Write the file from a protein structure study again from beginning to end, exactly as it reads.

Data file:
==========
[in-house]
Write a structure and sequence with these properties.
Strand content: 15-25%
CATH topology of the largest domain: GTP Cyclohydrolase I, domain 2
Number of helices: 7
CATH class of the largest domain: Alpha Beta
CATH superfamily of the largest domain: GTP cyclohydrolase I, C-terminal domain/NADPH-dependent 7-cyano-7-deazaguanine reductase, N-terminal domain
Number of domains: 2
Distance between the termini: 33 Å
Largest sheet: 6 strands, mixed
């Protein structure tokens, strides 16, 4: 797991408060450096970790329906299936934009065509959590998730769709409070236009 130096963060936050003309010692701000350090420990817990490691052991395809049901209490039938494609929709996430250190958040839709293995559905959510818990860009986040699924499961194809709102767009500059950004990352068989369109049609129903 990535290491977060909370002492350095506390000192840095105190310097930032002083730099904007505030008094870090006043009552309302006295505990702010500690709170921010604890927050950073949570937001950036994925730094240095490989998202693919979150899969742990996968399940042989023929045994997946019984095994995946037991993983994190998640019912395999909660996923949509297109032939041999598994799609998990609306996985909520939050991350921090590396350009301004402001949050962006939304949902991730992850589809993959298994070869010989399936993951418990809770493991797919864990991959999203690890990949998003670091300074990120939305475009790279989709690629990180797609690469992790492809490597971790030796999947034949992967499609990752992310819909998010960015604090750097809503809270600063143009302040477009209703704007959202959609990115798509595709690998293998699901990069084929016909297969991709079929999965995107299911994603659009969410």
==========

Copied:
[in-house]
Write a structure and sequence with these properties.
Strand content: 15-25%
CATH topology of the largest domain: GTP Cyclohydrolase I, domain 2
Number of helices: 7
CATH class of the largest domain: Alpha Beta
CATH superfamily of the largest domain: GTP cyclohydrolase I, C-terminal domain/NADPH-dependent 7-cyano-7-deazaguanine reductase, N-terminal domain
Number of domains: 2
Distance between the termini: 33 Å
Largest sheet: 6 strands, mixed
């Protein structure tokens, strides 16, 4: 797991408060450096970790329906299936934009065509959590998730769709409070236009 130096963060936050003309010692701000350090420990817990490691052991395809049901209490039938494609929709996430250190958040839709293995559905959510818990860009986040699924499961194809709102767009500059950004990352068989369109049609129903 990535290491977060909370002492350095506390000192840095105190310097930032002083730099904007505030008094870090006043009552309302006295505990702010500690709170921010604890927050950073949570937001950036994925730094240095490989998202693919979150899969742990996968399940042989023929045994997946019984095994995946037991993983994190998640019912395999909660996923949509297109032939041999598994799609998990609306996985909520939050991350921090590396350009301004402001949050962006939304949902991730992850589809993959298994070869010989399936993951418990809770493991797919864990991959999203690890990949998003670091300074990120939305475009790279989709690629990180797609690469992790492809490597971790030796999947034949992967499609990752992310819909998010960015604090750097809503809270600063143009302040477009209703704007959202959609990115798509595709690998293998699901990069084929016909297969991709079929999965995107299911994603659009969410």